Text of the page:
A press conference on Sunday organised by the Campaign Against the Racist Referendum warned that the controversial citizenship referendum in the 26 Counties could make Article 2 of the Irish constitution, which people voted for in 1998 under the Good Friday Agreement, completely redundant.
The controversial citizenship referendum in the 26 Counties may be approved by a much smaller margin than anticipated, according to the latest opinion poll.
Aisling Reidy of the Irish Council for Civil Liberties said that this amendment would completely reverse the basis of Irish citizenship law.
“It is also the traditional republican approach to citizenship, which treats all children as equal at birth,” she said.
“This is not a new situation, it is not a loophole. It was also an issue that was spelt out in black and white by the Referendum Commission in 1998, when the Irish people voted for Article 2.”
The Labour Party leader, Mr Pat Rabbitte, has criticised the Dublin government for “railroading” the electorate into voting on the citizenship referendum next month.
This was being carried out for Fianna Fáil’s “parochial, partisan, political advantage”, and the Minister for Justice, Mr McDowell, was a “willing patsy” in raising the issue, Mr Rabbitte said in Galway yesterday when he launched his party’s national campaign opposing the referendum.
The Labour Party leader was particularly critical of the referendum’s timing, and said that people were far more concerned about issues like health, crime, and traffic management than about the subject of the citizenship referendum.
“Any time we seek to change the Constitution, we should do so with great care, but we’re being railroaded into this referendum for no other reason than it coincides with the local elections,” he warned.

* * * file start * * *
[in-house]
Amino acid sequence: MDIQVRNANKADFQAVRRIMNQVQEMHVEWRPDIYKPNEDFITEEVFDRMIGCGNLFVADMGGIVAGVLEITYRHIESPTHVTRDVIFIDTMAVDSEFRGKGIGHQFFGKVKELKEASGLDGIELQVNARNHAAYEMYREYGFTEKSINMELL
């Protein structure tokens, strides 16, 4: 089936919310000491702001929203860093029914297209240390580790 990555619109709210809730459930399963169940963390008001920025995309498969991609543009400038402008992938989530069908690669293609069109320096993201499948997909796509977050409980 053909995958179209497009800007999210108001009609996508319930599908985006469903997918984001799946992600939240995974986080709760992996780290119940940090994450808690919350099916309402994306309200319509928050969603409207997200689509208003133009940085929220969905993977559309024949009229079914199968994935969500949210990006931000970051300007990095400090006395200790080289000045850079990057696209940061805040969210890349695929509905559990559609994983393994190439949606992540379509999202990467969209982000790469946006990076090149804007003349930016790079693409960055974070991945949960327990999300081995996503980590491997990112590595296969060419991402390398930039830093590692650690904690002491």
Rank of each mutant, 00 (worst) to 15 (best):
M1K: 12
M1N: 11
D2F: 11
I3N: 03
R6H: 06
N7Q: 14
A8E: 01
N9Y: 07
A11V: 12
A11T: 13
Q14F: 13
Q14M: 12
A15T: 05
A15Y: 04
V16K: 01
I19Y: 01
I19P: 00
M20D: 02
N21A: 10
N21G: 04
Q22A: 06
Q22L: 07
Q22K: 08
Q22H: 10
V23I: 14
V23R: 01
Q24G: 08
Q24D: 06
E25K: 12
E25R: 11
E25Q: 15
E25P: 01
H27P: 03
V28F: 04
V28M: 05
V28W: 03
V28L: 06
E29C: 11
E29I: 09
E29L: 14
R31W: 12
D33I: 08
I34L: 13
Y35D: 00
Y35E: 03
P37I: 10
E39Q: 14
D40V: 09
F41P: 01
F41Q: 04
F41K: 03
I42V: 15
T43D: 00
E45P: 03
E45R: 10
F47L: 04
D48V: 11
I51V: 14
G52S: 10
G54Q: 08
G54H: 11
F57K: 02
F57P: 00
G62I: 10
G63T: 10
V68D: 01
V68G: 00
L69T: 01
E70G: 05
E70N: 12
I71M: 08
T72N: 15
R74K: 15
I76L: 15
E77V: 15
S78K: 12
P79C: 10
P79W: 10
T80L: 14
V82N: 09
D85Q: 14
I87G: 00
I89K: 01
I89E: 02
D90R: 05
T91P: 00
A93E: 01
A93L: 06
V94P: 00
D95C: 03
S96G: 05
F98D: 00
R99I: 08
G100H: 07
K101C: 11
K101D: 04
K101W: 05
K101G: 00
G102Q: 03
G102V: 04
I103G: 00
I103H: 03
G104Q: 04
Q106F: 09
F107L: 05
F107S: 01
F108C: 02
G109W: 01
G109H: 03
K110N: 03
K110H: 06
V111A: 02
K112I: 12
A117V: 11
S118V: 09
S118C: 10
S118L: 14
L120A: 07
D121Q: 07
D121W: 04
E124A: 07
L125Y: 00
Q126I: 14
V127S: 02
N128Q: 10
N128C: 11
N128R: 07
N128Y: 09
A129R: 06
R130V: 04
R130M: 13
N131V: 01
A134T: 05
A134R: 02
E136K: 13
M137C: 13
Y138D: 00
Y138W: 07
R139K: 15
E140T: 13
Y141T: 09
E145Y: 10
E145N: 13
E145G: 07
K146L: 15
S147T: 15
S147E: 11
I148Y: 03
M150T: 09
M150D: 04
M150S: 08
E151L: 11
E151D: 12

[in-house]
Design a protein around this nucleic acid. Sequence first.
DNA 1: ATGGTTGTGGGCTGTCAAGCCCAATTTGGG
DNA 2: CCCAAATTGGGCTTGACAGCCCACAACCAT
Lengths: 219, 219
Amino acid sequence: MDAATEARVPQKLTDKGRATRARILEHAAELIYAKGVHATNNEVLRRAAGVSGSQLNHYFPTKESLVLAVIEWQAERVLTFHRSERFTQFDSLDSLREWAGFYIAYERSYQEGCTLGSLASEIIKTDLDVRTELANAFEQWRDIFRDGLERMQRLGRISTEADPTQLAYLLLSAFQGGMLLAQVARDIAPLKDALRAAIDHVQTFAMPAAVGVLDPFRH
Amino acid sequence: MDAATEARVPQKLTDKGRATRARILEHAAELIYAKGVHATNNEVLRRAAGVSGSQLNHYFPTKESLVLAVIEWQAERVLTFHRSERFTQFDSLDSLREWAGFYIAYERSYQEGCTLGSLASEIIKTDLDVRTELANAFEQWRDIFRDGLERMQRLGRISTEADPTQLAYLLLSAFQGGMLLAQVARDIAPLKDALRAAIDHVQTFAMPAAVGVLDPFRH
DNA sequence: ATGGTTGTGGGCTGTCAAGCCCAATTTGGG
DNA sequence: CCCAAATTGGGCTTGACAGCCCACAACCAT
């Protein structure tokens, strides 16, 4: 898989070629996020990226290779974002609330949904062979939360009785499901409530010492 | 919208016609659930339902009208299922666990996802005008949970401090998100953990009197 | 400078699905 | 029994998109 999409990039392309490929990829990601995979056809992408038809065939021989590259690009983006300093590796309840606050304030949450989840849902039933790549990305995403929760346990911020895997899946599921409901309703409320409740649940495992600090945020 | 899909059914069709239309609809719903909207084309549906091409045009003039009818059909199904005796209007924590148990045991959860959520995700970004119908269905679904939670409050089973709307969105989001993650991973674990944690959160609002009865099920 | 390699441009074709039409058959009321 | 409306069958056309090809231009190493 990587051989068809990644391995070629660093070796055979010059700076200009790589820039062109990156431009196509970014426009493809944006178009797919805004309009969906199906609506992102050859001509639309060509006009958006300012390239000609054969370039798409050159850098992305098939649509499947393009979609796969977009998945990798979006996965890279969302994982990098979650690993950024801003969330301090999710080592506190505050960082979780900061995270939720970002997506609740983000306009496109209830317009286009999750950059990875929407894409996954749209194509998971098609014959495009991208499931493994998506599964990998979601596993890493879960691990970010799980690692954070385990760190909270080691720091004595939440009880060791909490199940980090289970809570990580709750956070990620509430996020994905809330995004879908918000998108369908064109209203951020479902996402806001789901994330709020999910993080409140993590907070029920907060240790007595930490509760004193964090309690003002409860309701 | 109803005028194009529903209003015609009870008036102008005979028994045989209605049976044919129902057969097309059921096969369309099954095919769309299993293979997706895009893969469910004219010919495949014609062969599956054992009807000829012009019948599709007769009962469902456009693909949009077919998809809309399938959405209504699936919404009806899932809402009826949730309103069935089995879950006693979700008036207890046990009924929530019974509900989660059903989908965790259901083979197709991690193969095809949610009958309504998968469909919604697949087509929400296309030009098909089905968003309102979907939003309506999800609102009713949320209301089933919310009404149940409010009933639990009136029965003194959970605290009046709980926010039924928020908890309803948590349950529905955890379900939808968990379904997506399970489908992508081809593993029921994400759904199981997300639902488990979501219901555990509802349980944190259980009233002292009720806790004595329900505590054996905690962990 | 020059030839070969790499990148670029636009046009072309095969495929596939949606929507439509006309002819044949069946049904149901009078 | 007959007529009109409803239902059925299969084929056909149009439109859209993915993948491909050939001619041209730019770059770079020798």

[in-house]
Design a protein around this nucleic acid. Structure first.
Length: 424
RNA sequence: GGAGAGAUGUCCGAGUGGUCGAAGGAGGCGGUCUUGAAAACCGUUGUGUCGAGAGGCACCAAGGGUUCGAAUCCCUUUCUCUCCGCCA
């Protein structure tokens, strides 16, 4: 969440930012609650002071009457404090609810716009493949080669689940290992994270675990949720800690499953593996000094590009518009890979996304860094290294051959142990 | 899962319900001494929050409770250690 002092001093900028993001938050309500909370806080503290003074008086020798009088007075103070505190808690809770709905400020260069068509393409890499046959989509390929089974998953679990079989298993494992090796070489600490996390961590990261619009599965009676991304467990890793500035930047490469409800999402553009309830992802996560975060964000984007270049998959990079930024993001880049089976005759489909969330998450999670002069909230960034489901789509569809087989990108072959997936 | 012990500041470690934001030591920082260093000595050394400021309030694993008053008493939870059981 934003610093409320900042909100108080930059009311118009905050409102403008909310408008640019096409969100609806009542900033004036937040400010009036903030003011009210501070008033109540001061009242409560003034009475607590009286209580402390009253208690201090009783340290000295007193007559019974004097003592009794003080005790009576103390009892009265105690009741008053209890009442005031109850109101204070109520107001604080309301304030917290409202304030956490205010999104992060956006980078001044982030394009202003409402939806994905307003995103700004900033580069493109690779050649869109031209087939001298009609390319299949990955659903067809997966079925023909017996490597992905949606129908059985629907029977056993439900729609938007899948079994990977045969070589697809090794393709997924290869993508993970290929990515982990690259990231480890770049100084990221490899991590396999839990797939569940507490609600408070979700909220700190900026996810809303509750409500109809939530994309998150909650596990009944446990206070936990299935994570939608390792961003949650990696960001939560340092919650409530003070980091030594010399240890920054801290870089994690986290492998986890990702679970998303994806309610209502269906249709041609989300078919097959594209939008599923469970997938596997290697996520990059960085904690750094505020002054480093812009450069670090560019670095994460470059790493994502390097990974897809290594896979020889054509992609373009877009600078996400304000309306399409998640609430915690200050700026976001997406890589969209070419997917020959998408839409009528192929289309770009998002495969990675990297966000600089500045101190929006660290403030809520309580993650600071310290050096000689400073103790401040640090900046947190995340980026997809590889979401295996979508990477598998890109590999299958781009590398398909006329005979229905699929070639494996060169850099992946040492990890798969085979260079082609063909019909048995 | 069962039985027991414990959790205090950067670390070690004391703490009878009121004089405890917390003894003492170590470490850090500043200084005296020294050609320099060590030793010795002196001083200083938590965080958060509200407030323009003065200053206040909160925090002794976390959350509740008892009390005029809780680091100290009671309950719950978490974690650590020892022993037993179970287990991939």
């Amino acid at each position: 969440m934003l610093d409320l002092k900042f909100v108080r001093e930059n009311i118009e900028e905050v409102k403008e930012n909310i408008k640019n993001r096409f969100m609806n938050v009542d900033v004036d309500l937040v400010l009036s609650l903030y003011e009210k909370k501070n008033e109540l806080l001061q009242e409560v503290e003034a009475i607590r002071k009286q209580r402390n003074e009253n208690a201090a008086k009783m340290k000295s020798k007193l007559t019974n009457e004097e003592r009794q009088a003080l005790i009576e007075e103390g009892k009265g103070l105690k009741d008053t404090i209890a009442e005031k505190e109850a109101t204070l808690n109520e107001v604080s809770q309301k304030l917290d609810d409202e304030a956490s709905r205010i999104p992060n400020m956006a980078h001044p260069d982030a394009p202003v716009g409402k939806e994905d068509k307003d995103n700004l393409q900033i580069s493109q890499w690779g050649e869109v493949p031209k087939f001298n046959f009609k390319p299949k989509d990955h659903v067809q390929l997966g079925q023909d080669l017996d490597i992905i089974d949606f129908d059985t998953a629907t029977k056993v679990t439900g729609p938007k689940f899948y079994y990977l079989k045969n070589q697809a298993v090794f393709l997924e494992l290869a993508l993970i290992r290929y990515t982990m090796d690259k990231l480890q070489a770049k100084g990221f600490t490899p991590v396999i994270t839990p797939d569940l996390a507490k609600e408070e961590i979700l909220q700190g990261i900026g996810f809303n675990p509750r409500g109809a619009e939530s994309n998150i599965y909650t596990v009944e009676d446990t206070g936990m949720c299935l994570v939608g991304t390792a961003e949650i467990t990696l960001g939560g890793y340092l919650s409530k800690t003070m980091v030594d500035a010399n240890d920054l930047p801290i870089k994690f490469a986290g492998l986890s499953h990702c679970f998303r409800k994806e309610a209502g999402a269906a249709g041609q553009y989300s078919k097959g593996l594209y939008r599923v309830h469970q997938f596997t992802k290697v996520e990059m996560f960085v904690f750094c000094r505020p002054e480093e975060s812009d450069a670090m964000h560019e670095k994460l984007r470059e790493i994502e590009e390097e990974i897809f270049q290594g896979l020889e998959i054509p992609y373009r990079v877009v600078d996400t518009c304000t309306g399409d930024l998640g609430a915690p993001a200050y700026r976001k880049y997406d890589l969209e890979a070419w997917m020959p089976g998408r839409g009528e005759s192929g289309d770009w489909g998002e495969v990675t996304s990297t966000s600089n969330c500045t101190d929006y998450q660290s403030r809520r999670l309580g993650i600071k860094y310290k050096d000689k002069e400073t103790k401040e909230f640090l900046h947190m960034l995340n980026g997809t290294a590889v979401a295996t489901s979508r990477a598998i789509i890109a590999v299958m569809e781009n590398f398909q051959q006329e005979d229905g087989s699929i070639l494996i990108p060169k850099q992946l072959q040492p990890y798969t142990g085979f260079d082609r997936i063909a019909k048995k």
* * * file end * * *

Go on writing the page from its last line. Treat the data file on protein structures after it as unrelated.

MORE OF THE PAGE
There is evidence of a public backlash against the referendum, with some 67 per cent saying they do not want it held on the same date as the European and local elections on June 11.
Just 55 per cent of the electorate said they would vote in favour of the proposed change to the Constitution, a far lower level of support than the Dublin government expects.
The poll suggests the referendum may still be defeated. Several government TDs, including Liz O’Donnell of the Progressive Democrats and Barry Andrews of Fianna Fáil, have voiced concerns about the timing of the referendum.
The poll also shows almost two in five voters believe the referendum will encourage racism, a claim vigorously denied by Justice Minister Michael McDowell.
A far greater proportion of voters, 62 per cent, said they were worried about the level of racism in Ireland.
Although 18 to 35-year-old voters appear to be most concerned about racism in Ireland, they are just as likely to vote in favour of the change in the Constitution.
While opposition parties are attacking the government on its plans, support for the change is relatively uniform across the political spectrum.
The highest level of support is among FF/PD voters at 65 to 70 per cent, while the lowest level of support is from Green Party voters, at 45 per cent support.
Those seeking a `No’ vote will be encouraged by the survey, and may lead to a more vigorous campaign against the referendum.